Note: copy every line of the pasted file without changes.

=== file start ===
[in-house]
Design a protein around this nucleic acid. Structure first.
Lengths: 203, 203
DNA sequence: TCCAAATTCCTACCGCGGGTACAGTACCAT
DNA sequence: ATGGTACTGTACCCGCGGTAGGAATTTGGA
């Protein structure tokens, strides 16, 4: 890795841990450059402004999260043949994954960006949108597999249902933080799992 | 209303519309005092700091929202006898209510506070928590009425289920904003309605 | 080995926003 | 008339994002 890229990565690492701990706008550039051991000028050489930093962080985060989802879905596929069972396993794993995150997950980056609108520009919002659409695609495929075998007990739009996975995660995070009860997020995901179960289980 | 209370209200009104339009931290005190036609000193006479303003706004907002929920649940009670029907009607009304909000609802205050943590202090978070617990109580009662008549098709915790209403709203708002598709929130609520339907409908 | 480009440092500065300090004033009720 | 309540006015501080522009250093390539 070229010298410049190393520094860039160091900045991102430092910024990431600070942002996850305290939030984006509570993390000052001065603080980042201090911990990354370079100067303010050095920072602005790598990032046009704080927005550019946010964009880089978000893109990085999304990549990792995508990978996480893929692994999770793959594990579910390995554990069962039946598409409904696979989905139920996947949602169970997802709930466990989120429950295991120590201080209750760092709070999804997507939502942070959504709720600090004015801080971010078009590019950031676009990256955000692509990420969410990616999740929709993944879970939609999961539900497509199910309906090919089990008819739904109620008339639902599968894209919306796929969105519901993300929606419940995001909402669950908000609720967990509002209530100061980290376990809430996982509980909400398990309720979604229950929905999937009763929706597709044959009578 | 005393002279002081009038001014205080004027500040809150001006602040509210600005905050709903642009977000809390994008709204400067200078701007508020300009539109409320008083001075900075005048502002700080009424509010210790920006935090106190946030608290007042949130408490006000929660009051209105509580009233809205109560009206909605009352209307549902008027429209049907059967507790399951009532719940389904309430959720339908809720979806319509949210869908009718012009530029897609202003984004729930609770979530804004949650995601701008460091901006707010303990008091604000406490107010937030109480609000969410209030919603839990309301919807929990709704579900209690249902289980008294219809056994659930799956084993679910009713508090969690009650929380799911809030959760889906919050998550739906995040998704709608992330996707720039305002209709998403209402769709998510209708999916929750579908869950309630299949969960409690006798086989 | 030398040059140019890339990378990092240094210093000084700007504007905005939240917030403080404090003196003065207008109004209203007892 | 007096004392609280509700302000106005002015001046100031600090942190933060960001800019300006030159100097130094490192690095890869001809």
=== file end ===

[in-house]
Design a protein around this nucleic acid. Structure first.
Lengths: 203, 203
DNA sequence: TCCAAATTCCTACCGCGGGTACAGTACCAT
DNA sequence: ATGGTACTGTACCCGCGGTAGGAATTTGGA
């Protein structure tokens, strides 16, 4: 890795841990450059402004999260043949994954960006949108597999249902933080799992 | 209303519309005092700091929202006898209510506070928590009425289920904003309605 | 080995926003 | 008339994002 890229990565690492701990706008550039051991000028050489930093962080985060989802879905596929069972396993794993995150997950980056609108520009919002659409695609495929075998007990739009996975995660995070009860997020995901179960289980 | 209370209200009104339009931290005190036609000193006479303003706004907002929920649940009670029907009607009304909000609802205050943590202090978070617990109580009662008549098709915790209403709203708002598709929130609520339907409908 | 480009440092500065300090004033009720 | 309540006015501080522009250093390539 070229010298410049190393520094860039160091900045991102430092910024990431600070942002996850305290939030984006509570993390000052001065603080980042201090911990990354370079100067303010050095920072602005790598990032046009704080927005550019946010964009880089978000893109990085999304990549990792995508990978996480893929692994999770793959594990579910390995554990069962039946598409409904696979989905139920996947949602169970997802709930466990989120429950295991120590201080209750760092709070999804997507939502942070959504709720600090004015801080971010078009590019950031676009990256955000692509990420969410990616999740929709993944879970939609999961539900497509199910309906090919089990008819739904109620008339639902599968894209919306796929969105519901993300929606419940995001909402669950908000609720967990509002209530100061980290376990809430996982509980909400398990309720979604229950929905999937009763929706597709044959009578 | 005393002279002081009038001014205080004027500040809150001006602040509210600005905050709903642009977000809390994008709204400067200078701007508020300009539109409320008083001075900075005048502002700080009424509010210790920006935090106190946030608290007042949130408490006000929660009051209105509580009233809205109560009206909605009352209307549902008027429209049907059967507790399951009532719940389904309430959720339908809720979806319509949210869908009718012009530029897609202003984004729930609770979530804004949650995601701008460091901006707010303990008091604000406490107010937030109480609000969410209030919603839990309301919807929990709704579900209690249902289980008294219809056994659930799956084993679910009713508090969690009650929380799911809030959760889906919050998550739906995040998704709608992330996707720039305002209709998403209402769709998510209708999916929750579908869950309630299949969960409690006798086989 | 030398040059140019890339990378990092240094210093000084700007504007905005939240917030403080404090003196003065207008109004209203007892 | 007096004392609280509700302000106005002015001046100031600090942190933060960001800019300006030159100097130094490192690095890869001809």